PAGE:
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The Latest On Zika: Microcephaly Experts Are Shocked By Cases In Brazil

What you need to know about the Zika virus epidemic today.
Babies born with microcephaly are dressed in Carnival outfits at a party in a health clinic on February 4, 2016 in Recife, Brazil.
Babies born with microcephaly are dressed in Carnival outfits at a party in a health clinic on February 4, 2016 in Recife, Brazil.

President Barack Obama requested $1.8 billion in emergency funds Monday to help combat Zika virus, and it couldn’t come at a moment too soon. U.S. experts are reviewing the medical records from a small number of Brazilian patients born with microcephaly, a birth defect believed to be linked to the virus, and the little patients’ scans reveal that Zika may have an even more devastating effect on fetal development than originally thought.

The Zika virus, which is spread by the Aedes aegypti mosquito, is strongly suspected to be causing a new wave of microcephaly cases in Brazil. Babies born with the birth defect have smaller heads and brains that aren't fully developed, which can result in life-long developmental problems.

With the high volume of news about the Zika virus, it's tough to stay up-to-date. Check out our full coverage, or read our daily recaps. Here's the latest information you should know:

1. World microcephaly experts are shocked at the severity of Brazil’s cases

Experts who reviewed the medical records of babies with confirmed microcephaly are struck at the severity of cases in Brazil, reported Reuters. Microcephaly can result in a range of outcomes, from no issues at all to severe intellectual disability and developmental delays. But Brazil’s cases, which appear to be linked to the Zika virus, are unusually devastating because the babies don’t just have smaller than normal heads. Initial scans indicate the presence of brain calcification, cerebral cortex abnormalities and spinal fluid between the baby’s skull and brain -- a sign that the brain actually shrank while in the womb. It all hints at a “tough road ahead” for the affected children and their families, Reuters concluded.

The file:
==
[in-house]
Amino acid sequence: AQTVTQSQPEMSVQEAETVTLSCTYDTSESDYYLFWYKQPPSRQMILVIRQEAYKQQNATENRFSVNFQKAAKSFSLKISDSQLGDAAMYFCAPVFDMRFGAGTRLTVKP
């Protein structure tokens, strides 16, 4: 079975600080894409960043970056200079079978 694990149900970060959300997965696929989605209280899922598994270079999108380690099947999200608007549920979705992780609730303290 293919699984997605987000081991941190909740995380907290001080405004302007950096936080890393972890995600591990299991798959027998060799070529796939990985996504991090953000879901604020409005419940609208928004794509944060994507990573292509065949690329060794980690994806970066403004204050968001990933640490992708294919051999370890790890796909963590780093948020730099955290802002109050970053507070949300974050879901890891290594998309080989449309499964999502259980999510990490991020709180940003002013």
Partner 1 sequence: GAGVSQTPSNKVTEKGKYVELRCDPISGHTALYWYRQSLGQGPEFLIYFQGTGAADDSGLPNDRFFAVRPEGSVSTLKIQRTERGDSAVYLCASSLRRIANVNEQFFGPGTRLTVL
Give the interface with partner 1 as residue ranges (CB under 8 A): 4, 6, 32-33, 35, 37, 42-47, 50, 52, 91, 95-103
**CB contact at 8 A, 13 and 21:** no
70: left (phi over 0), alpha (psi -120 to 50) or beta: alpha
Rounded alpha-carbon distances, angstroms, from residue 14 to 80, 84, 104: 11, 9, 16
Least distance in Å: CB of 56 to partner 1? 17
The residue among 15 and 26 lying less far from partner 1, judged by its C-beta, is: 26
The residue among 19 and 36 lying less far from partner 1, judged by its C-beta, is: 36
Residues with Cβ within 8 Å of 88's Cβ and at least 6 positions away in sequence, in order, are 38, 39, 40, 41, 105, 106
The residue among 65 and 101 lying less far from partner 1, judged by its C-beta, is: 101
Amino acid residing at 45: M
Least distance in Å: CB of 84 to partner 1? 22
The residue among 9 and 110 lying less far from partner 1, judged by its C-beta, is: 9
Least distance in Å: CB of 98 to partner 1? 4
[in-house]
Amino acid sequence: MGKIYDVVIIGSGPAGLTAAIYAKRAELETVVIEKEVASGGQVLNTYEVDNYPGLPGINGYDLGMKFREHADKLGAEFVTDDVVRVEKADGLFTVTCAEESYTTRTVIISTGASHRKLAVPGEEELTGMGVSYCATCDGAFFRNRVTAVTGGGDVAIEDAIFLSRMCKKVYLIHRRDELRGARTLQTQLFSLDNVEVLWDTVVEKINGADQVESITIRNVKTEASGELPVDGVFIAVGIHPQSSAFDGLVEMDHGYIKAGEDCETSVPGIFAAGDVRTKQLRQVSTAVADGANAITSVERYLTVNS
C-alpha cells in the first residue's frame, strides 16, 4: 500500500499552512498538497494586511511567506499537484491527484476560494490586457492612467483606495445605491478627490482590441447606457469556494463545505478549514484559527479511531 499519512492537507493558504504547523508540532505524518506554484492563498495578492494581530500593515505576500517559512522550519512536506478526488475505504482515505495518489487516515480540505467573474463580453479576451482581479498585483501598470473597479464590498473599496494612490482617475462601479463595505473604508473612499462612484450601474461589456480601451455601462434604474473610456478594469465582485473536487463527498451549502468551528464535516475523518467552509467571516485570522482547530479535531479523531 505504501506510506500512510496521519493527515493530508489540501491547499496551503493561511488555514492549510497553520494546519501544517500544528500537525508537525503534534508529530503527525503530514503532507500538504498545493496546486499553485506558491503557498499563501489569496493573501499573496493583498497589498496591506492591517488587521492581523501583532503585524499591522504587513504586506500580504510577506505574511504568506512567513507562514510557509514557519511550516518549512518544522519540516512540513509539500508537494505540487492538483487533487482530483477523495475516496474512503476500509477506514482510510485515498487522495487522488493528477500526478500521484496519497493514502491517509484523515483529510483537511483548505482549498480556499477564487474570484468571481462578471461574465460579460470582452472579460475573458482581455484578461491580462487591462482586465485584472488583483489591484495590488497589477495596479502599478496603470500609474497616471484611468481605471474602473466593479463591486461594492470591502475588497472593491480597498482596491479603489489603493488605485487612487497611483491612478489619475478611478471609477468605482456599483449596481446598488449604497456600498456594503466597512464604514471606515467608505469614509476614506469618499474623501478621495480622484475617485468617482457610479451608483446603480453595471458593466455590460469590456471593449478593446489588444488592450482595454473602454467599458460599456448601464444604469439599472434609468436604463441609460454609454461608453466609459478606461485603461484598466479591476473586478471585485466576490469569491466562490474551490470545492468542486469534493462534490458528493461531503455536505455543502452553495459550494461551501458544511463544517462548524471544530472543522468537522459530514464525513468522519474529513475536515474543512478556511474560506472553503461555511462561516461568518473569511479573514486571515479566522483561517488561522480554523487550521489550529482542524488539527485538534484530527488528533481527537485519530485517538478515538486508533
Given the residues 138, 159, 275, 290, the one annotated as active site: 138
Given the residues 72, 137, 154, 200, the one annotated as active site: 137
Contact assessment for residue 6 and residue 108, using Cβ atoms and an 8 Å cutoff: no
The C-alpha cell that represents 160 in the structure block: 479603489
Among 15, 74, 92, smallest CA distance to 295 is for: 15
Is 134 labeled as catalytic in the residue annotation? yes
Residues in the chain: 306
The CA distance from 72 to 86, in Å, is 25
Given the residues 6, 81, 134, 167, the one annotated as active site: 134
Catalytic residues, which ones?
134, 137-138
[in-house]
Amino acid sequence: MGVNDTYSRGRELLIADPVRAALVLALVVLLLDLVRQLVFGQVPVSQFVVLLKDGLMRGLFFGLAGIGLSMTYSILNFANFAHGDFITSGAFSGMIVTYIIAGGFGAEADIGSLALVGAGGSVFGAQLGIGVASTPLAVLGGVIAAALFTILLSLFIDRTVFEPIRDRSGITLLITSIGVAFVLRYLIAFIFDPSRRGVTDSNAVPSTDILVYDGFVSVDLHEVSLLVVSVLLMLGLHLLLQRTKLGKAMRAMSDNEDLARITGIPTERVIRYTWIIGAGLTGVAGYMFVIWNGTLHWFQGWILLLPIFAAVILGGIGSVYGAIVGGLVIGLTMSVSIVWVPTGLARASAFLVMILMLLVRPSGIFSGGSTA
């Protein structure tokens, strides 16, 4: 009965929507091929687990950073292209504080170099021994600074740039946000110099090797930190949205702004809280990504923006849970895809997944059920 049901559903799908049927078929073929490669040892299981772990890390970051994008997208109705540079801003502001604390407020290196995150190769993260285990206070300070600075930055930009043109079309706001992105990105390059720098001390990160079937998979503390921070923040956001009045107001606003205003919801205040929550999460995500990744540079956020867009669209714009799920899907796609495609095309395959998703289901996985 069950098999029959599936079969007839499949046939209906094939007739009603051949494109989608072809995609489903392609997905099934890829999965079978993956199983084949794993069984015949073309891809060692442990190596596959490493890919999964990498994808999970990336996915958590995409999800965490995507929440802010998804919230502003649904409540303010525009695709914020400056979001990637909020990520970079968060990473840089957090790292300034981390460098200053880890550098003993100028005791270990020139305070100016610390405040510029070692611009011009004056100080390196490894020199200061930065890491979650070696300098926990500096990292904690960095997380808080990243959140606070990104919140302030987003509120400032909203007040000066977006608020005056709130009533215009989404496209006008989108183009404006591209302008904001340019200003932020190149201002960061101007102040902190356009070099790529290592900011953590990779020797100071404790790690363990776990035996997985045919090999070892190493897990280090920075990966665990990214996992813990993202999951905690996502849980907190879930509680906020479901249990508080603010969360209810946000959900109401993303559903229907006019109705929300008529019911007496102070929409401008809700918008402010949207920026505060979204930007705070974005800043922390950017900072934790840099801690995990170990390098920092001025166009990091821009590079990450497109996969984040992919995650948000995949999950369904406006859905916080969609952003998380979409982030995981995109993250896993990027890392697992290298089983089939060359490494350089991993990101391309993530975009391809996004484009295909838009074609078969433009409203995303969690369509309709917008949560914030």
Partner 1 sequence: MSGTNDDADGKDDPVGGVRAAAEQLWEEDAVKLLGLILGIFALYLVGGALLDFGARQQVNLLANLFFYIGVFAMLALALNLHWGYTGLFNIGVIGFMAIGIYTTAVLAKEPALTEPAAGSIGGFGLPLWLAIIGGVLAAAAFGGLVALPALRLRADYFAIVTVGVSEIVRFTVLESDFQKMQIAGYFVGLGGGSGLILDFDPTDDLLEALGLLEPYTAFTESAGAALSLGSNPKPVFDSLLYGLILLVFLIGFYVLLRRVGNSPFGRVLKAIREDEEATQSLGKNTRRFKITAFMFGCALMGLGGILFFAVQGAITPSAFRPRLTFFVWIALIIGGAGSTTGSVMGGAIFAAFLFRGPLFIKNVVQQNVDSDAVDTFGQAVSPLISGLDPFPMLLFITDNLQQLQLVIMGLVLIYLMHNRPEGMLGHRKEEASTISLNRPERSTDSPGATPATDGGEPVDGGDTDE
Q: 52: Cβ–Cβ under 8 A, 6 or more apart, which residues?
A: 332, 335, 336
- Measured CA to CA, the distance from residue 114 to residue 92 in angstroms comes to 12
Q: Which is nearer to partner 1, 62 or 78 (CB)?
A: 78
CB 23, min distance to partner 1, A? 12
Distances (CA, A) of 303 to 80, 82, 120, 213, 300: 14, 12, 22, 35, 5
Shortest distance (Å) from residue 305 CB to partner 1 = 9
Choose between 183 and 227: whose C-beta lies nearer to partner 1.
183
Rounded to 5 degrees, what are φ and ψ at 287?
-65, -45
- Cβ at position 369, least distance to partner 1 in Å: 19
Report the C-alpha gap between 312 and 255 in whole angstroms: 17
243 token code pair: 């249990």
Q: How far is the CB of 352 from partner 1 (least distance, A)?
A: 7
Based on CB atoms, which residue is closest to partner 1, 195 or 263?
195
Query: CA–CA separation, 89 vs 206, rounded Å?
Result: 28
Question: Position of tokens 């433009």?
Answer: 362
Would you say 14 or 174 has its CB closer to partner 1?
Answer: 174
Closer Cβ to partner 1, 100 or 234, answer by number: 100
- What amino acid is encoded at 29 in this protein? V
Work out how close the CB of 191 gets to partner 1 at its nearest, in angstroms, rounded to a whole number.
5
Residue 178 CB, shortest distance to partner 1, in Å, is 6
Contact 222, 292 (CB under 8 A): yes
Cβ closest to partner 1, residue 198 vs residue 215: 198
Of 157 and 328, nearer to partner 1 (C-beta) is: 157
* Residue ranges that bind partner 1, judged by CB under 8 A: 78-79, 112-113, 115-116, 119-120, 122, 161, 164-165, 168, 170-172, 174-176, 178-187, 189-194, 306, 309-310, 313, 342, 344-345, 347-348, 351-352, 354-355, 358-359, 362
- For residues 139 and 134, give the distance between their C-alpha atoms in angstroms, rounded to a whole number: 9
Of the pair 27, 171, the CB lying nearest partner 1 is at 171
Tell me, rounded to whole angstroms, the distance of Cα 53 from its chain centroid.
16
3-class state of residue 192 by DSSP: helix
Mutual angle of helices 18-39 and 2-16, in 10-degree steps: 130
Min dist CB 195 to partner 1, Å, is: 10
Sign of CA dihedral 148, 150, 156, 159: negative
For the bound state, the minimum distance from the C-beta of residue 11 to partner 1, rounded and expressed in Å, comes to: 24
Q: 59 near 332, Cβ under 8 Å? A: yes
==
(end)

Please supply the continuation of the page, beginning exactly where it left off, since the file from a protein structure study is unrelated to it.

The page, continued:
2. President Obama asks for $1.8 billion to fight Zika virus

Obama asked Congress Monday to approve $1.8 billion in emergency funds to help American scientists learn more about the virus and how to vaccinate against it. Doctors in particular are in dire need of fast, accurate Zika virus diagnostic tests that can tell pregnant women if they have had -- and cleared -- the disease in the past, said Dr. Anthony Fauci, director of the National Institute of Allergy and Infectious Diseases, the research arm of the National Institutes of Health.

3. Australia gears up for a fight against Zika virus

Australia is abut 3,200 miles away from Tonga, a Pacific island nation that declared a Zika virus outbreak last week. To help their neighbors combat the disease, and to prevent the virus from spreading in their own country, Australia has pledged $354,000 USD in aid for Tonga, reports Reuters. The money will go toward mosquito control and access to Zika virus testing.

Australia has also reported a handful of Zika virus cases, but they all appear to be travel-related, meaning they were contracted elsewhere by travelers who were later diagnosed in Australia. Nevertheless, the nation is committing $283,000 USD to fund laboratory capacity in Queensland, a state where the Zika-carrying Aedes aegypti mosquito lives. They’re also pledging $710,285 USD to help get the word out about Zika virus among Queensland residents.

4. Americans are postponing travel plans over Zika virus

More Americans than ever before are aware of Zika, and 41 percent of those who say they know about the disease are less likely to take a trip to affected regions like Latin America and the Caribbean.

While only about 20 percent of people who contract Zika virus experience mild symptoms at most, this hesitation to travel isn’t much of a surprise. The more we learn about Zika virus, the more we learn about what we don’t know. For example, the U.S. Centers for Disease Control and Prevention confirmed last week that the virus can remain in body fluid like semen and can be passed on through sexual contact. What we don’t know, however, is how long the virus can last in semen, which means people who may have been exposed to the virus and who have a pregnant partner should use condoms consistently until scientists find out more.

5. Over 3,000 pregnant women in Colombia have Zika virus

After Brazil, Colombia is the country hit next hardest by the disease; 25,645 residents have it, including 3,177 pregnant women, reports Reuters. The country has not seen any cases of Zika virus-linked microcephaly yet, and government officials are now questioning an initial projection that Colombia would have 500 cases of the birth defect, reports Reuters.

However, three people have died of Guillain-Barré syndrome, a paralyzing condition that may also be triggered by Zika virus, reports the Associated Press. As in Brazil, the epidemic is prompting a heated national debate on abortion access in Colombia, which is severely restricted as it is throughout most of Latin America.

6. U.S. employees who work in Zika virus outbreak areas have few legal options

In an unusual step, the CDC’s travel health warning about Zika virus is directed mostly toward pregnant women. This means other employees of U.S. companies who want to refuse an international assignment for fear of getting the disease likely have few legal options that allow them to skip the assignment without losing their jobs, says Reuters. Experts also say that they may not be able to sue their employer if they do end up contracting the virus.

Read more Zika virus coverage:

Zika Virus In Brazil